Update: WV legislative session at midway point

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PARKERSBURG, W.Va.-(WTAP) Update: 2/10/2020

There hasn't been as much drama in the 2020 legislative session as there has been the past two years.

With the session now more than half complete, the main issue appears to be whether legislators can approve a constitutional amendment-which would then go to voters-eliminating the tax on industrial inventory.

There also may be some concern about the state budget for next year.

Wood County Delegate Vernon Criss, Vice-Chairman of the House Finance Committee, says revenue estimates provided by the governor's office are, in his word, flat.

"We're basing our budget on zero increase in expenditures," Criss says, "and trying to work through that with the added pressure of normal increases in everyday kind of things."

Other lawmakers are working on furthering a conservative agenda.

"We did the 'born alive' bill, which says that if a baby survives an abortion," Senator Donna Boley says "a doctor has to give it medical care. That passed second reading (Monday)."

Also moving through the Senate Monday, are what's called the "Tim Tebow Bill", allowing home-schooled students to play sports for public schools.

The Senate Monday passed and sent on to the House a bill creating an intermediate appeals court, to which circuit court verdicts and cases could be appealed before the state Supreme Court hears them.

It's similar to the system in Ohio's judicial system.

The regular 60-day legislative session ends March 7.


While education issues have dominated the past two years in the West Virginia Legislature, left behind has been a proposed repeal of the state's tax on industrial and business inventory.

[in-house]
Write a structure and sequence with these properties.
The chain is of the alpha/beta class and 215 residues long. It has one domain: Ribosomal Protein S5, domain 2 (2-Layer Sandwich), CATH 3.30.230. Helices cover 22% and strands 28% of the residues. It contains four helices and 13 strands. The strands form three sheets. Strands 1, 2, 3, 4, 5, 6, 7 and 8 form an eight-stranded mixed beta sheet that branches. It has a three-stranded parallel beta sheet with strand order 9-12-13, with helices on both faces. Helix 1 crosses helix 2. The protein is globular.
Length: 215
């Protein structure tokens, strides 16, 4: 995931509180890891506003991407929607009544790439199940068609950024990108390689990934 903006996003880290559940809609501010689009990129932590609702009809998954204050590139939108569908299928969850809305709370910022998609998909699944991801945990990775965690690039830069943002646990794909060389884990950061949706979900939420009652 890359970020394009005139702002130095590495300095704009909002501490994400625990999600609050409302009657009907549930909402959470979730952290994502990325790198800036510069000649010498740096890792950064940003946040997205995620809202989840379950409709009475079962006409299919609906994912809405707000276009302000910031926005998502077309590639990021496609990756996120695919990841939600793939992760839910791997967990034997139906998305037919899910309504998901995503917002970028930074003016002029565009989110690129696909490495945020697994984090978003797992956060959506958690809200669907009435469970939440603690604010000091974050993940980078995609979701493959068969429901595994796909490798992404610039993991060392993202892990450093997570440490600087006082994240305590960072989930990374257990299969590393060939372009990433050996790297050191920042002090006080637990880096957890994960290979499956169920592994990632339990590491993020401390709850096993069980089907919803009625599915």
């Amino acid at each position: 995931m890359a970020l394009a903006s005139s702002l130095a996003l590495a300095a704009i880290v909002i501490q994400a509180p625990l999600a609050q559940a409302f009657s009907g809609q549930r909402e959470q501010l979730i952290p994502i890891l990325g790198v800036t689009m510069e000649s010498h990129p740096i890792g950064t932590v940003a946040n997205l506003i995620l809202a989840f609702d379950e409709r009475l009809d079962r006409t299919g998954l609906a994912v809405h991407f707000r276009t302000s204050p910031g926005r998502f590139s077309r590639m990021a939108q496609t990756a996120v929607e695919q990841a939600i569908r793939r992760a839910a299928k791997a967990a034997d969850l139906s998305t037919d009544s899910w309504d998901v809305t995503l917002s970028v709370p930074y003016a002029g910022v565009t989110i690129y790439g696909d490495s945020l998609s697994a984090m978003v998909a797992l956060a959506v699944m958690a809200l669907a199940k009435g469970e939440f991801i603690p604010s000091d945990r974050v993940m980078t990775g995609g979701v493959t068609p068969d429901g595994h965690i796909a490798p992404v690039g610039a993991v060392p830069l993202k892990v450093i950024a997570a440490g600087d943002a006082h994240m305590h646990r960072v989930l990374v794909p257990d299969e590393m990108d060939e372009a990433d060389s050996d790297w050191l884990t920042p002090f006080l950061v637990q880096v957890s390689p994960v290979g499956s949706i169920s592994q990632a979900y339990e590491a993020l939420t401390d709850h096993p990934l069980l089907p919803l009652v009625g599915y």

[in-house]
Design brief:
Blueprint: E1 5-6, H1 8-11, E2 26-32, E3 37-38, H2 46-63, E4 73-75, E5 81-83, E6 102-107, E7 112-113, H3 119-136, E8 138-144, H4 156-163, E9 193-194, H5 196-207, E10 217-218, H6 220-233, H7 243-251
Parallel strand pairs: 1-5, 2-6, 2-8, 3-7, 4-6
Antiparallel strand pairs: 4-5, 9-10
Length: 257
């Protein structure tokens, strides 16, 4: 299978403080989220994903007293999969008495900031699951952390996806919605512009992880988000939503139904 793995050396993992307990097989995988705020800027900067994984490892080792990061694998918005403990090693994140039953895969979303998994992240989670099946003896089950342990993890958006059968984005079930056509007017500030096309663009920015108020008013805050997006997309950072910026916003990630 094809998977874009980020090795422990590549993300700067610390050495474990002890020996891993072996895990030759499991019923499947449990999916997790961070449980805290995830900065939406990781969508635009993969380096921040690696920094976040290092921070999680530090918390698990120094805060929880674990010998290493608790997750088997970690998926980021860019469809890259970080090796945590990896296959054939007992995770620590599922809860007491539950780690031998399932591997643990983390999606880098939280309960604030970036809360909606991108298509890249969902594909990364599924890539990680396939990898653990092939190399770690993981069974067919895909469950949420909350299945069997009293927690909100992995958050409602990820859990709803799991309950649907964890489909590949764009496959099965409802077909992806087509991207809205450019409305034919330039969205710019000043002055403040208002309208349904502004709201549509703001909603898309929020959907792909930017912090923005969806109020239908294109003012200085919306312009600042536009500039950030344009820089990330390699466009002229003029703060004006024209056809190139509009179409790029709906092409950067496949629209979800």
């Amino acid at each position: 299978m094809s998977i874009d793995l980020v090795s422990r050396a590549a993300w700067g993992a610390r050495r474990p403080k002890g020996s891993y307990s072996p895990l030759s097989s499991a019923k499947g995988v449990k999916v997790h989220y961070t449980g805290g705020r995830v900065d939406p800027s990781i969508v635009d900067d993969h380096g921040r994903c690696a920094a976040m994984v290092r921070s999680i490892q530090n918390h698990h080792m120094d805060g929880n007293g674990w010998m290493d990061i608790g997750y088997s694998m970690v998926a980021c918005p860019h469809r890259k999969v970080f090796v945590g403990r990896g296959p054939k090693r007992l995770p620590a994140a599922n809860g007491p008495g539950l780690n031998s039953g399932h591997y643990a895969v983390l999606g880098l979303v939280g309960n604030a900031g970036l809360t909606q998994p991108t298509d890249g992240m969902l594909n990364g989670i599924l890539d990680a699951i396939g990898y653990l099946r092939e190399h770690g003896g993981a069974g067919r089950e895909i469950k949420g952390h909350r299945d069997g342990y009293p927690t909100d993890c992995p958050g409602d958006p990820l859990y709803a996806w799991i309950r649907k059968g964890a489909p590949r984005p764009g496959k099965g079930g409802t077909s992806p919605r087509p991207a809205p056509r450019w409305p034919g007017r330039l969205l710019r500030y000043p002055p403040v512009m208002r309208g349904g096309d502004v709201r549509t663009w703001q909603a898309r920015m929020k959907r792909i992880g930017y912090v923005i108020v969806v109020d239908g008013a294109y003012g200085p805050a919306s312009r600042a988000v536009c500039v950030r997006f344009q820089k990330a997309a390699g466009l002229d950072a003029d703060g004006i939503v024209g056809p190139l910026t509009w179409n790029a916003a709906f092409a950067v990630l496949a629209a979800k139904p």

But even if the legislature approves in the 2020 session, the next step is to have voters have their say.

"In order to do away with that tax, it has to have the blessing of the people," says Delegate John Kelly. "We would have to have a constitutional amendment, and that constitutional amendment would have to be upheld by the people, before anything further could happen."

Lawmakers have generally agreed the tax has to go, to make the Mountain State more competitive with neighboring states with no such taxes.

It's probably the most prohibitive tax in the state," says Senator Mike Azinger. "It keeps West Virginia from prospering more than anything else. If we could all get on board with that tax repeal, that would be fantastic."

The plan is to phase out the tax over four years. Its beneficiary has not only been the state budget, but the spending plans of counties and municipalities.

"The goal is that the local entities that rely on those taxes are not going to be harmed in any way," says Delegate Vernon Criss, Vice-Chairman of the House Finance Committee, "once we figure out how to do it. So it will be down the road before it actually taxes place."

1/3/2019 4:45 p.m.

Next Wednesday, the gavel falls for the opening of this year's West Virginia legislative session.

That issue is a repeal of the state's business inventory tax, something also supported by the West Virginia Manufacturer's Association.

It has been introduced during the past two sessions, but there was no final action while lawmakers grappled with education issues.

The state budget might also be an issue.

Monthly tax revenues have risen this past fall, but that was after falling below estimates during the first few months of the fiscal year that began in July.

Governor Jim Justice said Thursday tax collections for the past four months were $16.4 million above estimates.

"I think they're going to come in OK, no excess revenues like last year," says Del. Vernon Criss, Vice-Chairman of the House Finance Committee. "And we're hoping that, sometime during the first quarter of this year, there's a possibility, on the pipeline we understand through our tax department that work is going to resume."

"We're not too bad on the revenues; we might have to cut some things," Sen. Mike Azinger said Friday. "We might not be able to give some pay raises that were promised right away."

Delegate John Kelly hopes legislation he's proposed to change the state's school calendar gets a second look this year.

Kelly has proposed starting the school year in September, instead of August, the month most county schools have begun classes in recent years.

The 2020 60-day regular session begins next Wednesday, January 8, and ends March 7.